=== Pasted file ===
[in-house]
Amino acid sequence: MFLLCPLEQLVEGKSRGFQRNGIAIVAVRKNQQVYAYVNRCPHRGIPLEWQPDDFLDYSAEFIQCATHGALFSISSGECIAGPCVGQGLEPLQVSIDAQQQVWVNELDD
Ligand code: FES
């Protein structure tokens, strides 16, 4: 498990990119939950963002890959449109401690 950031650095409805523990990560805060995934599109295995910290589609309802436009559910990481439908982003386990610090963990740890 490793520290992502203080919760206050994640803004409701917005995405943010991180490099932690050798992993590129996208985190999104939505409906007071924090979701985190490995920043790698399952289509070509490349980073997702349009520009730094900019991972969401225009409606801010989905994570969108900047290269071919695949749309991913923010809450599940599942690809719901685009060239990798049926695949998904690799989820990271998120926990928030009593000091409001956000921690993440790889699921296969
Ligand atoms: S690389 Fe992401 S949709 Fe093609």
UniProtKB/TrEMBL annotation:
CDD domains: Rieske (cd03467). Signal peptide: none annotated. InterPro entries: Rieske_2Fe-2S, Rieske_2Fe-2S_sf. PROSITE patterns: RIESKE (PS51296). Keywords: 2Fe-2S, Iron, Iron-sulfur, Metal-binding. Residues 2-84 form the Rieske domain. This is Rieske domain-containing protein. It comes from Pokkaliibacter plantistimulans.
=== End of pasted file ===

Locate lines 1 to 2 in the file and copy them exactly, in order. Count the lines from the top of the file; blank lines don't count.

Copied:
[in-house]
Amino acid sequence: MFLLCPLEQLVEGKSRGFQRNGIAIVAVRKNQQVYAYVNRCPHRGIPLEWQPDDFLDYSAEFIQCATHGALFSISSGECIAGPCVGQGLEPLQVSIDAQQQVWVNELDD